Real Victories Are Won In The Marketplace, Not In The Courtroom

This may sound odd coming from a lawyer, but courtroom victories often have limited value.  In fact, winning legal battles can sometimes do more harm than good.

 In 1999, TiVo invented the DVR, and registered patents to protect its novel ideas.  Initially, TiVo was so successful in bringing its product to market, that the word "TiVo" actually became a verb (a good indicator of massive market acceptance).  If someone said, "I'm going to TiVo that program," you knew that they were digitally recording it so they could watch it later.  By January of 2007, TiVo had about 4.5 million subscribers -- millions of households that had TiVo boxes attached to their television sets, ready to receive all types of digital programming.

Now, only 4 years later, Apple and Sony and Google and Hulu and Roku and Netflix and several other companies are all fighting to be the leader in bringing digital programming to the world's TV's.  Certainly, TiVo is still in that race, but it is struggling to keep up.  TiVo was several years ahead of everyone else and now, when the stakes are becoming meaningful, TiVo is trying to remain relevant.  How did it lose such a huge head start?  

In its most recent quarter, TiVo's revenues are down to $41.3 million, with a net loss of $20.6 million.  It now has about 2.2 million subscribers -- less than half of what it had only 4 years ago and the number is still falling.  In the meantime, Netflix (which started around the same time as TiVo) has close to 17 million subscribers and continues to grow. What happened?

TiVo apparently decided early on that its patents were its most valuable asset - more valuable than a direct relationship with consumers.  This was a critical strategic decision that probably made perfect sense at the time.  TiVo recognized that cable and satellite companies were in the best position to sell or rent DVR's to consumers, so it began licensing its intellectual property to those companies.  But in 2001, Echostar decided it wasn't going to pay a royalty to TiVo.  In January of 2004, TiVo sued Echostar (and its now-former affiliate, Dish Network), and almost 7 years later, the litigation continues.  

And the most ironic (or perhaps saddest) part is that TiVo is winning!   TiVo has prevailed at virtually every stage of the litigation, but Echostar refuses to give up.  Instead, Echostar appeals and raises new issues and makes minor modifications and continues to fight, while all the while the clock is ticking on TiVo's patent rights.  (Echostar did pay TiVo about $100 million at one point in the litigation, but that money is being depleted by operating losses.  With that said, TiVo is not in financial trouble; it has plenty of cash for the time being.)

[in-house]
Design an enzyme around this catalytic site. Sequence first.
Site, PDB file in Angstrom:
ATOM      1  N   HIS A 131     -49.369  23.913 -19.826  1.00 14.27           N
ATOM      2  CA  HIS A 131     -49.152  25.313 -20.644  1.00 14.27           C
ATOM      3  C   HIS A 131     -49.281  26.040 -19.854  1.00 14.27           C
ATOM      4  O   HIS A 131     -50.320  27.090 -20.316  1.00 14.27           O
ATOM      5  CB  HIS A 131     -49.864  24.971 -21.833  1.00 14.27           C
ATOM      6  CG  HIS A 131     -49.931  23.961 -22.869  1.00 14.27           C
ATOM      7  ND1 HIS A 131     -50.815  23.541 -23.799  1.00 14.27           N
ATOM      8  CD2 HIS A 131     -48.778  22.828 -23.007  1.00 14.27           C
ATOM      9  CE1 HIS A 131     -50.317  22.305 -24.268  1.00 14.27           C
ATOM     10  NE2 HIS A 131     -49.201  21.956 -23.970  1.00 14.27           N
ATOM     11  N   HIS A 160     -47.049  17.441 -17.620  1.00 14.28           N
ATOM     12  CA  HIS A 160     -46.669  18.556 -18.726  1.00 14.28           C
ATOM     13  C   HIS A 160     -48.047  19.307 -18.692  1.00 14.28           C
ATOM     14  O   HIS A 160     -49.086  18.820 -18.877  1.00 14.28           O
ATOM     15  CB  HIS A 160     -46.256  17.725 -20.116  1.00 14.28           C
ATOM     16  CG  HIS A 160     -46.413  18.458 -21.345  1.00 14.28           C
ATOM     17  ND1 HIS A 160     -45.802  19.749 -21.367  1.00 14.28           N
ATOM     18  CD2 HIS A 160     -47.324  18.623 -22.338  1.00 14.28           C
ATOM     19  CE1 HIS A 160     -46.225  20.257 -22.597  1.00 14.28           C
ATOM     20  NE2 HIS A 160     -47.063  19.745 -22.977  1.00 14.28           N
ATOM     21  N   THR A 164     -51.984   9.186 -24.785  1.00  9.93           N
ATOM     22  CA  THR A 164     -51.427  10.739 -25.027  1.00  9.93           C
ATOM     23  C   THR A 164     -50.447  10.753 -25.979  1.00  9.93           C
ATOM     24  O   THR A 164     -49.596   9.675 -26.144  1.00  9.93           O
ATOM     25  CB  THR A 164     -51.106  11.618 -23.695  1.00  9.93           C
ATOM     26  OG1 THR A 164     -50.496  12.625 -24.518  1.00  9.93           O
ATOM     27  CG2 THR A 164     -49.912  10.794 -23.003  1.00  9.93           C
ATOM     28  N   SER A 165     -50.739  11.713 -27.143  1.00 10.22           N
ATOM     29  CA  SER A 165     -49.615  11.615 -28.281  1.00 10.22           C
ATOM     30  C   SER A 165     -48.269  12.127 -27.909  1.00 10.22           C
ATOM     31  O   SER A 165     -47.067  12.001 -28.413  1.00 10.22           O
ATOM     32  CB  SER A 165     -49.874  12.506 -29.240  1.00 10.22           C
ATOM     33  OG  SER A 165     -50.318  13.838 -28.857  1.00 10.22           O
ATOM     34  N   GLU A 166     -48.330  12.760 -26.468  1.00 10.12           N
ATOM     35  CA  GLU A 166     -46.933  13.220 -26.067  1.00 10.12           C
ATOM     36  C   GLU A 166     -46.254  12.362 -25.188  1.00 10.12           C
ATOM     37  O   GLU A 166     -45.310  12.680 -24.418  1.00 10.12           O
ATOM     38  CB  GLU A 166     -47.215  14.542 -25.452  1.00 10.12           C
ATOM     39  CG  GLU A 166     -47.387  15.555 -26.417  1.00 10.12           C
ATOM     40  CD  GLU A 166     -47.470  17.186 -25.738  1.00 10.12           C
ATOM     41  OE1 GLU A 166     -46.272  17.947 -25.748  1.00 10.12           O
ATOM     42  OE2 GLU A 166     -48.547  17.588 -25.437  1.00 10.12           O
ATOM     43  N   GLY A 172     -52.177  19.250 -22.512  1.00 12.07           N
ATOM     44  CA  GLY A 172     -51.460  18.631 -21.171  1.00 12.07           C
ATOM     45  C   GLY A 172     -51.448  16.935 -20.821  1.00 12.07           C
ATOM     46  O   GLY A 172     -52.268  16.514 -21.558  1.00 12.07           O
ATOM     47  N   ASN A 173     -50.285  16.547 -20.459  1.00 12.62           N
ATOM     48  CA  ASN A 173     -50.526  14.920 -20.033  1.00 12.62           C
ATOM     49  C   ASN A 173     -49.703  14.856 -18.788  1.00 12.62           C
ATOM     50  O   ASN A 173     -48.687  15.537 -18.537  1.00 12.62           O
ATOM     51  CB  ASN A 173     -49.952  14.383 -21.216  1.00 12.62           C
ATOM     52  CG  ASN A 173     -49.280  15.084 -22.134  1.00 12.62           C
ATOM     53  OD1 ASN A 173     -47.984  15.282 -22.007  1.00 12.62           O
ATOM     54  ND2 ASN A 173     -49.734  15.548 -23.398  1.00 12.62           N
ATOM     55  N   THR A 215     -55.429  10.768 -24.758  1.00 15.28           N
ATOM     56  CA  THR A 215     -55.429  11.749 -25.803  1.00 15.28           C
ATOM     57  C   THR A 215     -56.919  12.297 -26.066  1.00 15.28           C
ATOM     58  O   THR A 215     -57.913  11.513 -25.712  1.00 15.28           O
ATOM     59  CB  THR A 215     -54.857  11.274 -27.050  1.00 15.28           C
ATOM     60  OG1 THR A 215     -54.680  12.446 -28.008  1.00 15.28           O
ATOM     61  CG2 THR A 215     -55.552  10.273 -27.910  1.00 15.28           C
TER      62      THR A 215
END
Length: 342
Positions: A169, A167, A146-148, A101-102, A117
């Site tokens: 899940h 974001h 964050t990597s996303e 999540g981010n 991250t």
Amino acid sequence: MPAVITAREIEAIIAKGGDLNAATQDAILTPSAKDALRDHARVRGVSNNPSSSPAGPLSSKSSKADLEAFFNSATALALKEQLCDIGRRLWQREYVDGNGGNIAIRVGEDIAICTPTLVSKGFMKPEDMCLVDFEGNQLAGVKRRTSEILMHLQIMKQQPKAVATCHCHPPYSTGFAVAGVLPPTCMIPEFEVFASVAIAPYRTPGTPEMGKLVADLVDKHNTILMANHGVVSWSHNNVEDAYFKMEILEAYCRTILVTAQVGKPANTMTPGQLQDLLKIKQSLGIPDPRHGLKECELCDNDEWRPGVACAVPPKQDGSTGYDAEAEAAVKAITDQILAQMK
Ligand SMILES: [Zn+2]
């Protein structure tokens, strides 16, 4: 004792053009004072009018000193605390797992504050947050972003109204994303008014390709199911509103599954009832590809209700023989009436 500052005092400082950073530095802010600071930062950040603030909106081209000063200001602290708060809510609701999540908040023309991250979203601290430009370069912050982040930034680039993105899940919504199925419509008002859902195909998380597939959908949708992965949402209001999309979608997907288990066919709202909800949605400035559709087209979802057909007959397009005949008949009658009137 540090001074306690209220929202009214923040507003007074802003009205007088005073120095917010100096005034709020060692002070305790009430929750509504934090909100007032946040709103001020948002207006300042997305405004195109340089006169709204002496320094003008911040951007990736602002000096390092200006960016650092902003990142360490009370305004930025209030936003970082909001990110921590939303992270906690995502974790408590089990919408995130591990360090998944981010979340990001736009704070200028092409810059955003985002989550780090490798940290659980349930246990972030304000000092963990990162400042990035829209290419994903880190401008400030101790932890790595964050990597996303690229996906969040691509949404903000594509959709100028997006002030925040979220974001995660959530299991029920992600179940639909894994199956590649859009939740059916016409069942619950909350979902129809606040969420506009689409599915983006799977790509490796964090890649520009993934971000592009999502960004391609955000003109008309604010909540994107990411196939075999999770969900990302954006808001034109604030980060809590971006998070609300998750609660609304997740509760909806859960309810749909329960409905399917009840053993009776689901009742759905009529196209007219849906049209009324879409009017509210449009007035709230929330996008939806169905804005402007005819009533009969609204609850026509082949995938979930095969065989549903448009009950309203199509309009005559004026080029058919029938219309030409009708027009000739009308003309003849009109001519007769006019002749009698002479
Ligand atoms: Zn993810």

And while TiVo has enjoyed a lot of legal victories, the fights have not been easy or inexpensive.  In 2009, TiVo filed another patent infringement case against AT&T, and that lawsuit caused Microsoft to file its own infringement action against TiVo!  Then, earlier this year, a portion of the TiVo patents was potentially weakened by rulings in the U.S. Patent and Trademark Office.     

If you had a company that lost $20 million in its last quarter, would you want to be fighting simultaneous legal battles against Echostar and Dish Network and AT&T and Microsoft?  And what impact do you think that would have on your ability to compete effectively against Apple and Sony and Google and Netflix in bringing digital programming to the living rooms of the world?

Just to be clear, my purpose here is not to criticize Tom Rogers and his team.  I understand the importance of protecting intellectual property. (I counsel clients on that topic almost every day.)  Instead, I am pointing out the potential cost to a business when it focuses its resources on winning legal battles.  And I don't just mean its financial resources, but also its time, energy, human resources and the attention of senior management.